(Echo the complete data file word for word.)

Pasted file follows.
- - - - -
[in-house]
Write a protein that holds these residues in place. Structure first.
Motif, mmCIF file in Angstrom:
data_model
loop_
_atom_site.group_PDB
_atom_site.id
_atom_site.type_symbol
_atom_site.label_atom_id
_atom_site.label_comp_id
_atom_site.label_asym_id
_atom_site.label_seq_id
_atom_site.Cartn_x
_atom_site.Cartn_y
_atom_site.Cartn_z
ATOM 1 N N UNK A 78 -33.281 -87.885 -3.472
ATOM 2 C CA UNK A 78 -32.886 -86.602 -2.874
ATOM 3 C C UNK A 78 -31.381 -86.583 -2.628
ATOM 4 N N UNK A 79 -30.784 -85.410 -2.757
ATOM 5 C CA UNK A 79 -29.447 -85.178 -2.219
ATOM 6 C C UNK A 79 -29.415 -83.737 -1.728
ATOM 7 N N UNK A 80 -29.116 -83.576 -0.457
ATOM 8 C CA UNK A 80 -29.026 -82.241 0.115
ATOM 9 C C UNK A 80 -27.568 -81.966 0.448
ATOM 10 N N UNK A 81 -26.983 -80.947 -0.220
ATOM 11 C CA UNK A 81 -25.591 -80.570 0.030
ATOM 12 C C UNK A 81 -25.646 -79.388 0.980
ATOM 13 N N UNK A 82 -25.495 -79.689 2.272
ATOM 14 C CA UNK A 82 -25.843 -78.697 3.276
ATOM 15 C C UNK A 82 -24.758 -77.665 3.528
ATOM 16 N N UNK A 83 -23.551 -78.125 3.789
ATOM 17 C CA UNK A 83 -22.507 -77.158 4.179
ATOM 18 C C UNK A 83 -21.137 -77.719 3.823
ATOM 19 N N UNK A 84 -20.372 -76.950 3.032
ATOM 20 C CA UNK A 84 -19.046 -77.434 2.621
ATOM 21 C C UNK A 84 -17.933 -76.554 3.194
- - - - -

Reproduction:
[in-house]
Write a protein that holds these residues in place. Structure first.
Motif, mmCIF file in Angstrom:
data_model
loop_
_atom_site.group_PDB
_atom_site.id
_atom_site.type_symbol
_atom_site.label_atom_id
_atom_site.label_comp_id
_atom_site.label_asym_id
_atom_site.label_seq_id
_atom_site.Cartn_x
_atom_site.Cartn_y
_atom_site.Cartn_z
ATOM 1 N N UNK A 78 -33.281 -87.885 -3.472
ATOM 2 C CA UNK A 78 -32.886 -86.602 -2.874
ATOM 3 C C UNK A 78 -31.381 -86.583 -2.628
ATOM 4 N N UNK A 79 -30.784 -85.410 -2.757
ATOM 5 C CA UNK A 79 -29.447 -85.178 -2.219
ATOM 6 C C UNK A 79 -29.415 -83.737 -1.728
ATOM 7 N N UNK A 80 -29.116 -83.576 -0.457
ATOM 8 C CA UNK A 80 -29.026 -82.241 0.115
ATOM 9 C C UNK A 80 -27.568 -81.966 0.448
ATOM 10 N N UNK A 81 -26.983 -80.947 -0.220
ATOM 11 C CA UNK A 81 -25.591 -80.570 0.030
ATOM 12 C C UNK A 81 -25.646 -79.388 0.980
ATOM 13 N N UNK A 82 -25.495 -79.689 2.272
ATOM 14 C CA UNK A 82 -25.843 -78.697 3.276
ATOM 15 C C UNK A 82 -24.758 -77.665 3.528
ATOM 16 N N UNK A 83 -23.551 -78.125 3.789
ATOM 17 C CA UNK A 83 -22.507 -77.158 4.179
ATOM 18 C C UNK A 83 -21.137 -77.719 3.823
ATOM 19 N N UNK A 84 -20.372 -76.950 3.032
ATOM 20 C CA UNK A 84 -19.046 -77.434 2.621
ATOM 21 C C UNK A 84 -17.933 -76.554 3.194